Original Research

Contested selves and postmodern hybridity: Authorial renunciation and gender revisionism in Patrick White’s Memoirs of Many in One

Gregory H. Graham-Smith
Literator | Vol 43, No 1 | a1779 | DOI: https://doi.org/10.4102/lit.v43i1.1779 | © 2022 Gregory H. Graham-Smith | This work is licensed under CC Attribution 4.0
Submitted: 30 December 2020 | Published: 28 February 2022

About the author(s)

Gregory H. Graham-Smith, Department of English Studies, Faculty of Human Sciences, School of Arts, University of South Africa, Pretoria, South Africa


This article attempted to reclaim Patrick White’s final novel, Memoirs of Many in One, from the margins of White scholarship. The novel was a significant omission from the first major study of White’s oeuvre to appear in over 25 years, entitled Remembering Patrick White: Contemporary Critical Essays, edited by Elizabeth McMahon and Brigitta Olubas. Reviled by critics such as David Tacey as demonstrating White’s systematic repudiation and trivialisation of his literary legacy, most palpably commemorated in the form of the 1973 Nobel Prize for Literature, the novel has been largely ignored by White scholars. Bridget Grogan’s ground-breaking new monograph on White’s work, Reading corporeality in Patrick White’s fiction also did not include a study of Memoirs. But, this was most probably because the novel does not fit the theoretical focus of her study. As I hope to demonstrate, using postmodernist, Lacanian and film theory, the book may be reinterpreted as a conscious renunciation by its author of the realist tenets, which saw the author as a God-like, omniscient figure. By placing himself as just another character in his novel and fracturing his gendered and narratological (author)ity in the form of multiple, never fully inhabited selves, White revealed the ultimate fraudulence of any claim to authorial and narrative transcendence.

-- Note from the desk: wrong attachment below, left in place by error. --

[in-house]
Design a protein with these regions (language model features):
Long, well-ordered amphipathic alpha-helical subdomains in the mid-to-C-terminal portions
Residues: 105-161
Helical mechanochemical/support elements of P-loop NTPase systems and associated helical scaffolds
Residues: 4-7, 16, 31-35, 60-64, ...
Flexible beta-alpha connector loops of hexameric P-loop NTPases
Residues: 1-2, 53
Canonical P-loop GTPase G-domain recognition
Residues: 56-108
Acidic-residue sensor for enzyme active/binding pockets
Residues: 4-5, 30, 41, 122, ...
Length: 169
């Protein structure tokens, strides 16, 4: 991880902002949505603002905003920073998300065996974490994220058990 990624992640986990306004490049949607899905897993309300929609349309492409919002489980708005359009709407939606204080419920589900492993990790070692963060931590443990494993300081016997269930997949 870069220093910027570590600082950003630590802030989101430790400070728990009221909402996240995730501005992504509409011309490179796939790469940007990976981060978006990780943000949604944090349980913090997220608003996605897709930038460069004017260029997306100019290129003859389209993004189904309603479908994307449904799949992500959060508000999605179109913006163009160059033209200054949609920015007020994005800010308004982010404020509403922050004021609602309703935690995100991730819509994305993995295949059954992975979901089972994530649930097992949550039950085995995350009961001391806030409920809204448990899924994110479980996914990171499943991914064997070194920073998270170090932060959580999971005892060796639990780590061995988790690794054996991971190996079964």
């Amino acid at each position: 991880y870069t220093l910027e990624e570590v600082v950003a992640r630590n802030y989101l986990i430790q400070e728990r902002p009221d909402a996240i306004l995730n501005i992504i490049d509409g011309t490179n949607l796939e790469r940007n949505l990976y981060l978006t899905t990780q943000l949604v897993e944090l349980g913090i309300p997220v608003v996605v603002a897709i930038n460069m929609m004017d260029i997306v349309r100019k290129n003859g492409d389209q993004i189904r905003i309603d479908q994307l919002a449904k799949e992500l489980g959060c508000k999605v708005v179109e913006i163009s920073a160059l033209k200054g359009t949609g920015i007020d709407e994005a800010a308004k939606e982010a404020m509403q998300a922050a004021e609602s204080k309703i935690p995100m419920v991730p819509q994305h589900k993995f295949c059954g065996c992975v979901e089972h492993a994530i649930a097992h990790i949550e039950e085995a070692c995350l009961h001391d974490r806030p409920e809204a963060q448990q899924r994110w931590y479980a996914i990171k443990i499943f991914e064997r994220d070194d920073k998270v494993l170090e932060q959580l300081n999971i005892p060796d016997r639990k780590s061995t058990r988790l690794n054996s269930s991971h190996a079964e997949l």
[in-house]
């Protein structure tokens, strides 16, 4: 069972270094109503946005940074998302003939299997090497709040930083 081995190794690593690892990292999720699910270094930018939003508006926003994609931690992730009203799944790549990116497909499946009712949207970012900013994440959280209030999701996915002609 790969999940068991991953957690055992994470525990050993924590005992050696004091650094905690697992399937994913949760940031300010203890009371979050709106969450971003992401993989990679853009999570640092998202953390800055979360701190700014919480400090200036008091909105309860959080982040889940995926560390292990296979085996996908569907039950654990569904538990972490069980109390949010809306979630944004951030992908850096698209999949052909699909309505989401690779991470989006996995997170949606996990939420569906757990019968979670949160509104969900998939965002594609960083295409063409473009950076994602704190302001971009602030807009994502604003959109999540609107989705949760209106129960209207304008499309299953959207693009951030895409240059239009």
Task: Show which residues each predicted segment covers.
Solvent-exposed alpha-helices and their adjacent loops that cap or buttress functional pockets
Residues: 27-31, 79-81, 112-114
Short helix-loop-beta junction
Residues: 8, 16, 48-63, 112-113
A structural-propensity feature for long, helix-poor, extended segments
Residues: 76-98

Patrick White; postmodernism; film theory; Lacan; hybridity


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